Soon after mass shooting incidents occur, people inevitably make links between gun violence and those with mental illness. They assert that if individuals had more consistent access to mental health care, these tragedies wouldn’t happen.
However, research continually shows that gun violence is a complex, confusing issue and that it’s too simple to say people with mental illnesses are always to blame.
A Conclusion Contrary to Popular Belief
Researchers studied more than 650 young adults in Texas and looked for a link between mental health problems and gun violence. They published the findings in Preventive Medicine, and the results will likely surprise many people.
The research examined participants with a range of mental health disorders, as well as details about their firearm possession, demographics and other specifics. Dr. Yu Lu, the study’s lead author, confirmed that the study did not find a strong connection between individuals with mental illnesses and an increased likelihood of engaging in gun-related violence.
Instead, the researchers discovered that access to guns raised the likelihood of using them for violence much more than mental health problems did. For example, people with access to guns were more than 18 times more likely to use them to threaten others than those who did not have access to guns. “Counter to public beliefs, the majority of mental health symptoms examined were not related to gun violence,” Lu said.
Other Studies Show Similar Findings Regarding Mental Illness
The recent study in Texas is not the only one that fails to find that mental illness substantially raises the likelihood of gun violence. Another study researched more than 10,000 people in three cities and found that the one-year percentage of attributable risk of violence from individuals with mental health issues was only about four percent.
Also, a study published in 2015 looked at mass shootings and the likelihood of individuals with mental illness to commit them when a researcher maintained a database on the subject. It determined that only about 22 percent of the people in the database labeled as mass shooters had mental illnesses. As such, it’s far too big of a leap to quickly blame individuals with mental illness for most mass shootings. Doing so increases the stigma that those with mental illnesses already face.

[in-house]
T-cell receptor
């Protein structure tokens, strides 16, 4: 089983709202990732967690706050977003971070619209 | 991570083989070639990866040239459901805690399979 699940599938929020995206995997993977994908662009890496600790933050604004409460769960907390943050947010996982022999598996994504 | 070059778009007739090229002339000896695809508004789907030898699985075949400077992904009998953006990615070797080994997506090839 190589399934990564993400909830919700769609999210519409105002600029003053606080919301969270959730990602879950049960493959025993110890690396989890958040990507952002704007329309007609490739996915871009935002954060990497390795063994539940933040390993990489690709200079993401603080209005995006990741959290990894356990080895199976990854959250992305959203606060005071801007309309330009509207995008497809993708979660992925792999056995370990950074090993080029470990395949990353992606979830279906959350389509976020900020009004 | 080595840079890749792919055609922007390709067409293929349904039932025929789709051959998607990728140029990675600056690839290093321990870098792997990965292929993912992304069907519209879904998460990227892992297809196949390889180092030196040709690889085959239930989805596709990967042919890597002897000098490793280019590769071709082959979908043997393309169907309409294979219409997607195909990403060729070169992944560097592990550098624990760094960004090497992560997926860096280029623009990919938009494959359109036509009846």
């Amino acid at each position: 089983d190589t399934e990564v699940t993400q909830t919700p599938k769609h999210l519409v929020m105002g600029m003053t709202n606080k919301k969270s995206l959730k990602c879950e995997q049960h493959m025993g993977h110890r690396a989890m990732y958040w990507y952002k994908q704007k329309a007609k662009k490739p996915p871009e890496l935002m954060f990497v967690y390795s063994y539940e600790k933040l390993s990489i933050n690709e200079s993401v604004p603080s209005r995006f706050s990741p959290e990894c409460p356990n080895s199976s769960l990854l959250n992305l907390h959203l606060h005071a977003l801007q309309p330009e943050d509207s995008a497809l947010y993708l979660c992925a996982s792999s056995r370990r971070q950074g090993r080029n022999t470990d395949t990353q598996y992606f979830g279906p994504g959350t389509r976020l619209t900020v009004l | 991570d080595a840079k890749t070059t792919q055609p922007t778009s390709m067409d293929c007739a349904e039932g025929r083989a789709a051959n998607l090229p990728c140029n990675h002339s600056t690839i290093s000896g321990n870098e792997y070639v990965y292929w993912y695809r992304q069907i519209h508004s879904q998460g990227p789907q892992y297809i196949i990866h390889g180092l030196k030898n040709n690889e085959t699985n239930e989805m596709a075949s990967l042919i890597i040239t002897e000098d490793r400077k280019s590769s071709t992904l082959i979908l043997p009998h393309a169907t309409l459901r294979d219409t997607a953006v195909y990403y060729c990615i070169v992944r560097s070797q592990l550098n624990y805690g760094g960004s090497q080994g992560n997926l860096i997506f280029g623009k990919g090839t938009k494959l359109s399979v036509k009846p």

Too Much Variation Exists
One of the likely reasons that people often attribute mental illness to gun violence is because they want answers for why something happened. Indeed, journalists must look at stories from all angles, and doing that means answering “Why?” or at least attempting to find answers.
Another issue is that the investigations of some mass shootings have revealed that the perpetrators had mental health issues. People are then quick to assert that all individuals who carry out gun violence are mentally ill, which is simply not the case.
Similarly, it’s not appropriate to make massive generalizations about gun owners and their reasons for wanting to own firearms. For example, statistics indicate that 12 percent of gun owners view their firearms as skill builders and want to become more proficient with their guns. This may well be a valid reason to own one, but it’s a factor not often brought up in the media.
These examples demonstrate why it’s so short-sighted to put either individuals with mental illness or gun owners in boxes that fit others’ beliefs.
Individuals With Mental Illness More Likely to Suffer Violence
There’s another aspect that people often don’t bring up when covering the topics of mental illness and gun violence: Individuals with mental illness are at least three times more likely to be targets of violent acts than perpetrators of them. This finding shows that the conclusions some individuals want to reach about violence in those with mental illness are not as easily obtained as they seem.
The Answers Won’t Come Easily
In the United States especially, gun violence has become commonplace to the point that mass shooters regularly commit horrifying acts and leave people reeling. In the aftermath, individuals strive to make sense of what happened. Far too often, they look for the solutions that seem “obvious” to them, such as that preventing people with mental illness from having access to guns would make a big difference.
However, as the first study covered here indicated, the theory doesn’t hold up. As people look for answers to describe the reasons behind the uptick in mass shootings, they must take care not to wrongly accuse entire groups, whether that’s gun enthusiasts or people with mental illnesses. The answers are not so clear cut.
Written by Kayla Matthews, Productivity Bytes